Cryptocurrency donations can fund election campaigns in Japan

A popular Japanese news house Yomiuri Shimbun reported on Saturday that it is entirely legal for politicians to use cryptocurrency donations to fund election campaigns in Japan but unlawful to accept other forms of donations.

Running for office in Japan is not exactly plain sailing as it requires a copious amount of capital inflow for marketing, distributing, renting office spaces, and organizing for campaigns. To make matters more complicated, it is illegal for individuals to donate to their preferred candidate’s cause, under the administrative funding control law.

Cryptocurrency donations in Japan get a green light

In all of this, cryptocurrencies continue to live up to their name and open the doors to new possibilities. It has been reported that cryptocurrency donations are legal when it comes to individual contributions to politicians. On the other hand, fiat currency Japanese yen, stocks, bonds, or any other marketable securities suffered a significant setback as they were called out as forbidden modes of donations.

The current provisions state that political donations in the form of native currencies or other standard instruments must be publicly reported by the individual or entity receiving it. What worked in favor of cryptocurrencies is the fact that the technicalities classifying this asset class manage to escape the radar of the regulatory ordinance.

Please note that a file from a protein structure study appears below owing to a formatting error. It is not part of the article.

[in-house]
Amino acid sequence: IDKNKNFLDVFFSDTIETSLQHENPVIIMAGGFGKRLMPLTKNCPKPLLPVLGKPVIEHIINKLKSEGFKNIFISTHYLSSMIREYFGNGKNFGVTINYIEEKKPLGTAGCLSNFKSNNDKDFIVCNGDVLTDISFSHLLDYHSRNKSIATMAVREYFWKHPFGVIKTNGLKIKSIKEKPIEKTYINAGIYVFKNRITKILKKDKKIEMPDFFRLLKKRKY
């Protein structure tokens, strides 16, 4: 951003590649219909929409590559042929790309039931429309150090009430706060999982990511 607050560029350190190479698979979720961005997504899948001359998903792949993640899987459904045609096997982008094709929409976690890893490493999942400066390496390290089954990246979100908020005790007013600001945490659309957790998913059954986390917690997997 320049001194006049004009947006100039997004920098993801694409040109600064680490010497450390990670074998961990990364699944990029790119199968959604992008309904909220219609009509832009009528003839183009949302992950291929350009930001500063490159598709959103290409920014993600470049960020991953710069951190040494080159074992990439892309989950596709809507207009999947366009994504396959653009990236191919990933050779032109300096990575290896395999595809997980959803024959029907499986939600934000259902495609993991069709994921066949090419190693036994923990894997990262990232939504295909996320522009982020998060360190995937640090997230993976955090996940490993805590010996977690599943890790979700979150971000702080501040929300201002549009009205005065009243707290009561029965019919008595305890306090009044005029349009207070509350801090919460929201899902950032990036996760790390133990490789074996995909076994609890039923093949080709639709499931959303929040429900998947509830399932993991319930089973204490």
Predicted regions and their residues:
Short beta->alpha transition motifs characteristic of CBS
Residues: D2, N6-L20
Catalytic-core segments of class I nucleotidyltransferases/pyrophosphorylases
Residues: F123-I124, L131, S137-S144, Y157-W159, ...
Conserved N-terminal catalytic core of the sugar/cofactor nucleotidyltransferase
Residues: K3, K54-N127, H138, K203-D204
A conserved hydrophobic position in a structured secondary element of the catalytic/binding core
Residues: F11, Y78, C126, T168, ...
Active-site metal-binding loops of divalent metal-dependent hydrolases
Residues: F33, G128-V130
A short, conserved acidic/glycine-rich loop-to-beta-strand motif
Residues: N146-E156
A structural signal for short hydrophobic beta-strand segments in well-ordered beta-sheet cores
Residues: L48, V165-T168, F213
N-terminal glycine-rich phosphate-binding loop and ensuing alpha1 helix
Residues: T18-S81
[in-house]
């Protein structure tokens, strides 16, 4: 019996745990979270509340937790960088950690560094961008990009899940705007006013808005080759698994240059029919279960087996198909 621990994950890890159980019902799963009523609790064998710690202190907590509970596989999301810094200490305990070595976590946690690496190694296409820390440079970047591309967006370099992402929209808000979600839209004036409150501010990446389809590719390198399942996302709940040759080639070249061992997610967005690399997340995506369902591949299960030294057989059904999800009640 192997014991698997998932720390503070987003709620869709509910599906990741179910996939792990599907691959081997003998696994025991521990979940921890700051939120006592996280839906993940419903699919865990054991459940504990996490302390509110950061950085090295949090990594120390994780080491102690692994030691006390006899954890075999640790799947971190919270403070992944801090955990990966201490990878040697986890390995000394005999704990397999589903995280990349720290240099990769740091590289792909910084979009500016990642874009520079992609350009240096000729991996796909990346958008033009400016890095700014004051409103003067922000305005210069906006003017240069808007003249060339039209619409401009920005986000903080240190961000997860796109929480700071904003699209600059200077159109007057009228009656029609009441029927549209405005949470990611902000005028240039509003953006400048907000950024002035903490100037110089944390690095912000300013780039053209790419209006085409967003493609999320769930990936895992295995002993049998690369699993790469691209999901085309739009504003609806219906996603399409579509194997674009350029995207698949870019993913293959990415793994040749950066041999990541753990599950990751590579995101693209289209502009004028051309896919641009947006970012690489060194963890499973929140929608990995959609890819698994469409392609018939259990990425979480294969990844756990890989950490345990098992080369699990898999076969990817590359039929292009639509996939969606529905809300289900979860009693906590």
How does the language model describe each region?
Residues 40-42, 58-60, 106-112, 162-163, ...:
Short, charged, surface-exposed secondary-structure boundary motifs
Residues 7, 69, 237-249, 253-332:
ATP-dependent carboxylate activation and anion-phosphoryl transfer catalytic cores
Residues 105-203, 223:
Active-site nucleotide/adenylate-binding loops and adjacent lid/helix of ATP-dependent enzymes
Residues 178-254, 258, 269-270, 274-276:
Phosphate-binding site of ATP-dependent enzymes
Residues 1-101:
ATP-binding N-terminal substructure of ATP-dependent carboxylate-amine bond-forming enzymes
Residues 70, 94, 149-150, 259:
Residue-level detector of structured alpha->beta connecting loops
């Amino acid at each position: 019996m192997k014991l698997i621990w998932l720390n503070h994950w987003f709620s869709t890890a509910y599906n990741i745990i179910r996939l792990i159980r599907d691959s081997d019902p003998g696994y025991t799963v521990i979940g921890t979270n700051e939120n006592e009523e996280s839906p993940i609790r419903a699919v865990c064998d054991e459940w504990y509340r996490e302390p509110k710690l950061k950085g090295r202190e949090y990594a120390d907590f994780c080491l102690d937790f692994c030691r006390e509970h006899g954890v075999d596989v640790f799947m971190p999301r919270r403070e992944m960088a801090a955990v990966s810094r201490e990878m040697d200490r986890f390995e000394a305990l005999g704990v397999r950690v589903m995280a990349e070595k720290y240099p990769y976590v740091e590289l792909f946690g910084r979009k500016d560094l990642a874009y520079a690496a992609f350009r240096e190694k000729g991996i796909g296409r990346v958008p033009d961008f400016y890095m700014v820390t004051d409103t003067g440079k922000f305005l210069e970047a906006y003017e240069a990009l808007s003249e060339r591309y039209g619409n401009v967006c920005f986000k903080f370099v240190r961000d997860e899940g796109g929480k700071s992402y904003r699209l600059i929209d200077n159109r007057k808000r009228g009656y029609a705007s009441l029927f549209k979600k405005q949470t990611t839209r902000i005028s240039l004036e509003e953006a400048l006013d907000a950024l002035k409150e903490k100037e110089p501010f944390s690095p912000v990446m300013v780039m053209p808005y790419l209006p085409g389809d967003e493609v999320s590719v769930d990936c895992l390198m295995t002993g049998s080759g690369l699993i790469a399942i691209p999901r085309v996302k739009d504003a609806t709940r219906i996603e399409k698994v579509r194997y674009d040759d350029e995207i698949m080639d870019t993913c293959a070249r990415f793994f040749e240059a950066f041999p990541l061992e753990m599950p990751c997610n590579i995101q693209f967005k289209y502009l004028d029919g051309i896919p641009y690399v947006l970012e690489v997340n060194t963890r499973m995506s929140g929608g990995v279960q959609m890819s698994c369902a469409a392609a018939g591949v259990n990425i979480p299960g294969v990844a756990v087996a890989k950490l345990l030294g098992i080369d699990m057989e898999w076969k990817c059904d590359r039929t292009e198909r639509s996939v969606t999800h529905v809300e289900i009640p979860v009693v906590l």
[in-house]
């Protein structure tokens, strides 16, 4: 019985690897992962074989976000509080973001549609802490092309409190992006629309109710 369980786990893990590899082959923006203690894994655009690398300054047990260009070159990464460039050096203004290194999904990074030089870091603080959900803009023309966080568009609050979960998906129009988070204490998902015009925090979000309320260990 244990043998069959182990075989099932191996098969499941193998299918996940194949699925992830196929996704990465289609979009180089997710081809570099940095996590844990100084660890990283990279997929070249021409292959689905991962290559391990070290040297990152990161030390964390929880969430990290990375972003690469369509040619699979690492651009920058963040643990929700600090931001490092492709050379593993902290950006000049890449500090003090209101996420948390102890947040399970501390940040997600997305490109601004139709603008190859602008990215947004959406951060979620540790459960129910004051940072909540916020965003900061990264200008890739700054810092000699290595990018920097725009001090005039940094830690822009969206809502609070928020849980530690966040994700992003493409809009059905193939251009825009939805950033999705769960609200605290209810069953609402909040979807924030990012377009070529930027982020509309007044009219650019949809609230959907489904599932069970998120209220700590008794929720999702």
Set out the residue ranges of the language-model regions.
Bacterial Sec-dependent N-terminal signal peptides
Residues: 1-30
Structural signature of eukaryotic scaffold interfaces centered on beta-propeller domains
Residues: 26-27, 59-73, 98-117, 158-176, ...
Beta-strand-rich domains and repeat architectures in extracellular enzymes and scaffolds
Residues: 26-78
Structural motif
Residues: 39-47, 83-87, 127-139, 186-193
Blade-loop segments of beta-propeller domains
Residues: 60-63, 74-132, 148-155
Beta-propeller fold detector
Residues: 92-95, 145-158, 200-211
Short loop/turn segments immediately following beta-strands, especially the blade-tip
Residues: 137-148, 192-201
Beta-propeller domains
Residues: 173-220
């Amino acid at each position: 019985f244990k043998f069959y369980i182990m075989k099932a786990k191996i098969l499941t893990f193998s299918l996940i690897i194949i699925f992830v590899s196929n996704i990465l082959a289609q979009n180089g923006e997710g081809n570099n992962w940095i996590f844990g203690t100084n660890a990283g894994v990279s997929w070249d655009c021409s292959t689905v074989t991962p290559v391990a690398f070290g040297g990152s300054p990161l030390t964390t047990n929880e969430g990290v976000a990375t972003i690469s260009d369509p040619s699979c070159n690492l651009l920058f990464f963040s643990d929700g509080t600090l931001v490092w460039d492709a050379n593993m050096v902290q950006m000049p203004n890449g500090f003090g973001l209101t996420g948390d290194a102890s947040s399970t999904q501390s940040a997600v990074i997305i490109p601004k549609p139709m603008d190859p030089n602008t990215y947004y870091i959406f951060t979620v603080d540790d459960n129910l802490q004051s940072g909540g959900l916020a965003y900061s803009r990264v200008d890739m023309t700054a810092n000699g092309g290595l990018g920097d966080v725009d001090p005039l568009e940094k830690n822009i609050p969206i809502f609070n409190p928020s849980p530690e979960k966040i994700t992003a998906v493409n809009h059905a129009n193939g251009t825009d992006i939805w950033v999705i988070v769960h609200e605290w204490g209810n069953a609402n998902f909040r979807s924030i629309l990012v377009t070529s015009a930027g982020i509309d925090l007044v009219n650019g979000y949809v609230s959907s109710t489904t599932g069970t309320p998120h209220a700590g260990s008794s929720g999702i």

Thus, according to Japan’s Ministry of Internal Affairs and Communications, individual politicians can freely accept cryptocurrency campaign funding, without having to notify the amount or source of funding.

When technology outpaces law

While political candidates consider this as a silver lining, it has claimed the attention of several legal experts from the country, where one university law professor was quoted saying that the current injunctions fail to keep pace with the changing times. The existing Political Funds Control Law that oversees the campaign requirements need urgent upgrading, he insists.

Moreover, a Twitter user commented on the news story by correlating the current political laws with anachronism. Following his tweet, many users expressed their disbelief by stating that the Japanese Financial Services Agency (FSA) has not achieved much by regulating cryptocurrency in the country. According to them, if it is a taxable asset, it must be reported by the receiving entity or individual.

Meanwhile, innovations outpacing central government regulations are not uncommon these days. And for those who contradict the viewpoint that cryptocurrencies are not anonymous and privacy-focussed, Japan’s political donation laws serve as a real-life example of the opposite. The very concept of decentralization and the rapidly-advancing technologies around it will continue to outclass any centralized regulation.